Auto insurance required, but not fair pricing

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State law requires auto insurance, but not fair policy pricing.

Companies evaluate personal lives, not just driving records. Using different factors, each chooses who pays more.

Safe drivers — no DUI’s, accidents, or tickets — who bikeride, pay $500 more annually for coverage lapses. That’s what I found through Progressive. DUI’s increased payments $36 annually. Are people who lapse more dangerous than drivers under the influence? It’s not just cyclists; returning servicemembers, people whose car broke down, and drivers who can’t afford payments also pay more.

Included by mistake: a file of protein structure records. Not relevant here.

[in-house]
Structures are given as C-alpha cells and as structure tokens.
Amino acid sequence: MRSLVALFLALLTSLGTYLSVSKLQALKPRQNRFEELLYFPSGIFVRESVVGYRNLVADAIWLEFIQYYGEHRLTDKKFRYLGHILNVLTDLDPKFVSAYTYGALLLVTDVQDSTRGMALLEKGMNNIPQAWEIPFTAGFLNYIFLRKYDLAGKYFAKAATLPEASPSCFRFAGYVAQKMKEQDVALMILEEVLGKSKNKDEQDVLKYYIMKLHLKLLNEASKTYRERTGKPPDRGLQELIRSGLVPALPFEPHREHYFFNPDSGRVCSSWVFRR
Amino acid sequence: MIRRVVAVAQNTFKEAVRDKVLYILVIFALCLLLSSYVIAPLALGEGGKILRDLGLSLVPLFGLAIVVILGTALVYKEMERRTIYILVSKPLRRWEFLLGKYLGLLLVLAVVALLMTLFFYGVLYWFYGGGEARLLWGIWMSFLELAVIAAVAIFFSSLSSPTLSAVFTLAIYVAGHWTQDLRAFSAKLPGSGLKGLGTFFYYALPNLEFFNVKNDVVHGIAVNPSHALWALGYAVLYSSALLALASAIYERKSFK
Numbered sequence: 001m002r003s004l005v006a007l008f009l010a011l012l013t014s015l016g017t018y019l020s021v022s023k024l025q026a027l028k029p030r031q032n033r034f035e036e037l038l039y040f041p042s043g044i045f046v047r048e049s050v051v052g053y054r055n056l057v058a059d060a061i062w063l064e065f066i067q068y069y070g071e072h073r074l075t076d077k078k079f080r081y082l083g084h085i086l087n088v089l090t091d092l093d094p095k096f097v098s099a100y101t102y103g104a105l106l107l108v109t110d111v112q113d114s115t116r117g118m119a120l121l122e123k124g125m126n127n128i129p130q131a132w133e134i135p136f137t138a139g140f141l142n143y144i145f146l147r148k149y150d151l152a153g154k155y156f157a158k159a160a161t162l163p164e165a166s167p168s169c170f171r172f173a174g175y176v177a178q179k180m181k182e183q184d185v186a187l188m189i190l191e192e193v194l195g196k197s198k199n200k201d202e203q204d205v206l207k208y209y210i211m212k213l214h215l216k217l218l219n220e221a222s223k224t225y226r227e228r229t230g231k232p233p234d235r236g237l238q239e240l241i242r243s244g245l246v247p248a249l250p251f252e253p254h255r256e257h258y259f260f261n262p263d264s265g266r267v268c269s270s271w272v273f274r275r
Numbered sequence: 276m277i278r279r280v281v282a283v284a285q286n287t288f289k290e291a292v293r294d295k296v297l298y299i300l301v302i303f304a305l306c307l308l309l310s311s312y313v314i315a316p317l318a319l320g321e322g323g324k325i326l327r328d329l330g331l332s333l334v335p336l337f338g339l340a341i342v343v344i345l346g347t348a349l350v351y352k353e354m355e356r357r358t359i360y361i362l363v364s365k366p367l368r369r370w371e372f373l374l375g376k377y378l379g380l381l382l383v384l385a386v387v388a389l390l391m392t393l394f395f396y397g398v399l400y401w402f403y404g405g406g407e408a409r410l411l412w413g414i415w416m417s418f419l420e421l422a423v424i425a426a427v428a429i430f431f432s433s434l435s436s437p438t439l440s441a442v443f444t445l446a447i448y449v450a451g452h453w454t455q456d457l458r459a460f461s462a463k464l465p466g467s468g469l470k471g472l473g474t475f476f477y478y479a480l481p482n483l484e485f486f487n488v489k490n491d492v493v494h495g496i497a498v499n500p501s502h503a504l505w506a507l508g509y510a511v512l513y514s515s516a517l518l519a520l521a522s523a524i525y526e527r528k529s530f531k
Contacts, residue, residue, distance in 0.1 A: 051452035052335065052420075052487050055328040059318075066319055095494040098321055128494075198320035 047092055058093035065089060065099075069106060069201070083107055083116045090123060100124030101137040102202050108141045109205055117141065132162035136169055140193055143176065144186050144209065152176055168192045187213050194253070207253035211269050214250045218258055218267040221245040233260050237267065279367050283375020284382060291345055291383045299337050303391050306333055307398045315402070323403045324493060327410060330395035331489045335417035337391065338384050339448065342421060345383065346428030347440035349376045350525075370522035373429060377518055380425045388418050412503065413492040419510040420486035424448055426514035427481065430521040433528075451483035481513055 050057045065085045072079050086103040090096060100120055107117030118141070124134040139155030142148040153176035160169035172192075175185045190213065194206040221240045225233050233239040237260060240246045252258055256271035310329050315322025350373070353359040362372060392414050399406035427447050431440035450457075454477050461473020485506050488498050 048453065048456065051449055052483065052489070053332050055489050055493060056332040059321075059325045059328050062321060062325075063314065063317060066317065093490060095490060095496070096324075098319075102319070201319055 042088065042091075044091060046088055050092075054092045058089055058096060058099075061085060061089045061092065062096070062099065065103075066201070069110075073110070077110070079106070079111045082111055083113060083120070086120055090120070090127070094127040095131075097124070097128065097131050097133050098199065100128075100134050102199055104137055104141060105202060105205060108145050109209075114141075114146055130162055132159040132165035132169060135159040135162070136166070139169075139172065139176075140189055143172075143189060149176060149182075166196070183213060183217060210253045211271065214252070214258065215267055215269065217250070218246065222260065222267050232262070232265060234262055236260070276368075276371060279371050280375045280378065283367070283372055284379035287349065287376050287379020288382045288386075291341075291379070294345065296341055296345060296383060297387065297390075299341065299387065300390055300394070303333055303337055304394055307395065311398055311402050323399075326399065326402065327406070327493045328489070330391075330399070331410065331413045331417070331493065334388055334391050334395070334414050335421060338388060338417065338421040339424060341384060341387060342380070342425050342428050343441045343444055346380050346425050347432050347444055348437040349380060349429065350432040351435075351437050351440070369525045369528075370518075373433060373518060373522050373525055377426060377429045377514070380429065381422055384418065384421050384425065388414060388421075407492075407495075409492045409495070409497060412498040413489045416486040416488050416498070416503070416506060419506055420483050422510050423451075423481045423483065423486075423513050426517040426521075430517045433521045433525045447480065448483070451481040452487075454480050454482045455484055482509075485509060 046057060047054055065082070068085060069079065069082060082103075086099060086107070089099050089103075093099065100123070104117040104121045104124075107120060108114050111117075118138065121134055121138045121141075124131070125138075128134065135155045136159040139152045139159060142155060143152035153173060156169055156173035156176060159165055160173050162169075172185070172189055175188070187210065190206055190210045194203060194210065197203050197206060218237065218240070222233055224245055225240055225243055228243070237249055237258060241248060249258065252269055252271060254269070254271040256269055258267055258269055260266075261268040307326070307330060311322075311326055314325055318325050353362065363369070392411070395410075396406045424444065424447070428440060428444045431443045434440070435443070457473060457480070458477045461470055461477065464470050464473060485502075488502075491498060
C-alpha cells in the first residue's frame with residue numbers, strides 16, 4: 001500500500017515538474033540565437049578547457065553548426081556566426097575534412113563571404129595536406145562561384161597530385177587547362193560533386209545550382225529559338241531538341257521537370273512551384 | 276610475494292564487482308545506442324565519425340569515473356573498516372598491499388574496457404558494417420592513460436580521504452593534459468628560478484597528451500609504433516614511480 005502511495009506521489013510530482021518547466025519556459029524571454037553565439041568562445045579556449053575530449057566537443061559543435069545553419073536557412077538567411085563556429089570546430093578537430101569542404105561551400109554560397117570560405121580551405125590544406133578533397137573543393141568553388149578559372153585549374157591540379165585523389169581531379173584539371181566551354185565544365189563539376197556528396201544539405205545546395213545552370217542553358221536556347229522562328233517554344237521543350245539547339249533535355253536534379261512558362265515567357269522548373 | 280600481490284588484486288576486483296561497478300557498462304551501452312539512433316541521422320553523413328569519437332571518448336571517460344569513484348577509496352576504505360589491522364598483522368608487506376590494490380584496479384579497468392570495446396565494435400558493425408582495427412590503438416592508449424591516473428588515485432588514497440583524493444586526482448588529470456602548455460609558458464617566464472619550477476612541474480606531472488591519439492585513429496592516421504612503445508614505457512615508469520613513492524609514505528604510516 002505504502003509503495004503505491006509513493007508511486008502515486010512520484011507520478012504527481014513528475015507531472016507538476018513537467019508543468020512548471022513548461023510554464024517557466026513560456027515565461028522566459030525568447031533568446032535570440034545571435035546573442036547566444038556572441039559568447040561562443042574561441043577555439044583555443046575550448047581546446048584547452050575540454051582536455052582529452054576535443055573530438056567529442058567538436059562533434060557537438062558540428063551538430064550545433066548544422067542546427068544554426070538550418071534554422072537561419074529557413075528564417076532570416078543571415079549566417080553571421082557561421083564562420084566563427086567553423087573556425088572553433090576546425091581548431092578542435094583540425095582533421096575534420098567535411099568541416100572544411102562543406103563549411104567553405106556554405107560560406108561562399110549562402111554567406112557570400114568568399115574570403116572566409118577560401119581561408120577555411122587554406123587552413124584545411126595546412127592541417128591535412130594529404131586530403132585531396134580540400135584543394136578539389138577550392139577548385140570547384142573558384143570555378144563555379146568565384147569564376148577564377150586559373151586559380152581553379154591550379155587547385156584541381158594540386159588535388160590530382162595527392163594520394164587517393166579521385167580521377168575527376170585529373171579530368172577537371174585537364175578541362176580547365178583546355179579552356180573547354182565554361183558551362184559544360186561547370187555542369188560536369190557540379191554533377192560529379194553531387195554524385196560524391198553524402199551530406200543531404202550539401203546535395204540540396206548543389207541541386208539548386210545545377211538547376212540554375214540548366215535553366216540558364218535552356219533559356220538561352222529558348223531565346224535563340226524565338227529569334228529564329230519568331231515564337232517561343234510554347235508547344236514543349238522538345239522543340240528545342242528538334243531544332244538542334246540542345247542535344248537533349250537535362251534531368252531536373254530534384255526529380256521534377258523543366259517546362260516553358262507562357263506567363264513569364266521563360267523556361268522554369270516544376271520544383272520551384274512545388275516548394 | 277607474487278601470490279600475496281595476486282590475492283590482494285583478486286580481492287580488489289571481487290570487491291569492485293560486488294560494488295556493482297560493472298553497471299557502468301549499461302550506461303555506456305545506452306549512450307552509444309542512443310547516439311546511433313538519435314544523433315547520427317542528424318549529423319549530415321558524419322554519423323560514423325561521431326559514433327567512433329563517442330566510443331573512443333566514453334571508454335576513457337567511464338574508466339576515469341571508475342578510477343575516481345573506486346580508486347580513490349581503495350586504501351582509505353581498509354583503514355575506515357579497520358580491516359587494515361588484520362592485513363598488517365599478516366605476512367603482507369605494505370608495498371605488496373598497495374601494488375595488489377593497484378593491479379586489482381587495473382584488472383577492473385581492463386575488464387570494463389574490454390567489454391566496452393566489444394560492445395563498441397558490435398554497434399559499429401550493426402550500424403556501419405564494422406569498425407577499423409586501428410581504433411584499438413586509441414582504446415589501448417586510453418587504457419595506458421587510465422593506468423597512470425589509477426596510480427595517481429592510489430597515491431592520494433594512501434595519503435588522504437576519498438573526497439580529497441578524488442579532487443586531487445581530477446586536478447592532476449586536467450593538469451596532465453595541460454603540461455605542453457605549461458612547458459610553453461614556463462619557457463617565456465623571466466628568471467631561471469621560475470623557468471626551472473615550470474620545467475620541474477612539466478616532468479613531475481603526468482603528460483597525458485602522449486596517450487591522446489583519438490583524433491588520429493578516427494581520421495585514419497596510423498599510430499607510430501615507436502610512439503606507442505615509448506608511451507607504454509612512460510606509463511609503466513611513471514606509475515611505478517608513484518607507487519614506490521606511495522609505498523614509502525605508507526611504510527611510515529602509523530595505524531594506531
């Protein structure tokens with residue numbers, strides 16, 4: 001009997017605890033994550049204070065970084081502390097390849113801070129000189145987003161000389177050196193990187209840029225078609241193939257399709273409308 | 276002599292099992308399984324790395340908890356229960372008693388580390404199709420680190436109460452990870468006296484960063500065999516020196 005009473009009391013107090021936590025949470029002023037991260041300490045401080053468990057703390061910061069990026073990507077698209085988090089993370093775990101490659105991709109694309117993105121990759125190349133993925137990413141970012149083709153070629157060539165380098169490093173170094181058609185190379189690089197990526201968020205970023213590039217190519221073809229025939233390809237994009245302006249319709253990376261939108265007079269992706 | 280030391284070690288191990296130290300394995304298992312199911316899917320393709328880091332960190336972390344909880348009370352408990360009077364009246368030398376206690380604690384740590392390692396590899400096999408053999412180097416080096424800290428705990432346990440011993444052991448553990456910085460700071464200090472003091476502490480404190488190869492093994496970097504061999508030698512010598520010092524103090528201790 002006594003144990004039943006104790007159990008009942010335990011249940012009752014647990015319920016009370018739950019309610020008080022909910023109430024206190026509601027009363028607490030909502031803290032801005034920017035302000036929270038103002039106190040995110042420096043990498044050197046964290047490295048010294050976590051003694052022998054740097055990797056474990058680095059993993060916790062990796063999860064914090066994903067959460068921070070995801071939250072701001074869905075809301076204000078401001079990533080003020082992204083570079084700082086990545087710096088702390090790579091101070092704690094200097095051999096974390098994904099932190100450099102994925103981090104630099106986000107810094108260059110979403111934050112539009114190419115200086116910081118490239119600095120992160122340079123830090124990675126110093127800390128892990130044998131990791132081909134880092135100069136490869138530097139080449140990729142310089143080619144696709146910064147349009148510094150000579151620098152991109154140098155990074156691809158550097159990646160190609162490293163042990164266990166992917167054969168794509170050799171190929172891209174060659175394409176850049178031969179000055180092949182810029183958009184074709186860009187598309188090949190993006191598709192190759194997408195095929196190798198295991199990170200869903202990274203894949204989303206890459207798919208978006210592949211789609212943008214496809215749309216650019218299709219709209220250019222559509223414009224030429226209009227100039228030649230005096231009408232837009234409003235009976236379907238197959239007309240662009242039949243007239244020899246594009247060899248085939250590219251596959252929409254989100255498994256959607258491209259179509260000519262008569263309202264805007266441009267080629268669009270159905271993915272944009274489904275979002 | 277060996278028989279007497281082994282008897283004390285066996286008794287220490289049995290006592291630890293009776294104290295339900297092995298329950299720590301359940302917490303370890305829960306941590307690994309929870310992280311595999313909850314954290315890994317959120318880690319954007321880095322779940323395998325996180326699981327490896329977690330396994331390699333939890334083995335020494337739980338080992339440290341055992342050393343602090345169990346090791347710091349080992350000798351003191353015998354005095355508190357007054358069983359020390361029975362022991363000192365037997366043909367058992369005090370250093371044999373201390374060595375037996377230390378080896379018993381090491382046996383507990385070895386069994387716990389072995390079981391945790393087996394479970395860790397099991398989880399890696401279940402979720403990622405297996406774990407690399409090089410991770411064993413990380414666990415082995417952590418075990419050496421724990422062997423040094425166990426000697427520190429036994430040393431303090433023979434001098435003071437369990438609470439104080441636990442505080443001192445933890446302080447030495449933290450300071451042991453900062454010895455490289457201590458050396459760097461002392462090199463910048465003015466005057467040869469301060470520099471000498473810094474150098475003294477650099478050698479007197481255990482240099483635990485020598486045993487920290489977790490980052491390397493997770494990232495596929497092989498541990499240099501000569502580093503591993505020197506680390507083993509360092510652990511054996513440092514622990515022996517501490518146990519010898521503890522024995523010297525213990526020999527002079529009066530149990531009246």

Perfect drivers’ occupation and education level impact payments. Geico charges cashiers with high-school diplomas $300/year more than investment bankers with bachelor’s degrees. Are there special driving classes for investment bankers? Teachers with bachelor’s pay less than cashiers, but more than bankers.

Some companies slap massive surcharges for not having excellent credit. Consumer Reports noted that average Montanans with clean driving records and “excellent” credit pay $903/year but $1,157 if merely “good.” “Poor” credit costs $2,589 per year, with no difference in driving record.

By law, we need auto insurance. Our state’s lawmakers along with Montana’s insurance commissioner should insist policy prices are based on how we drive, not who companies think we are.

— Katie Sutton, Billings

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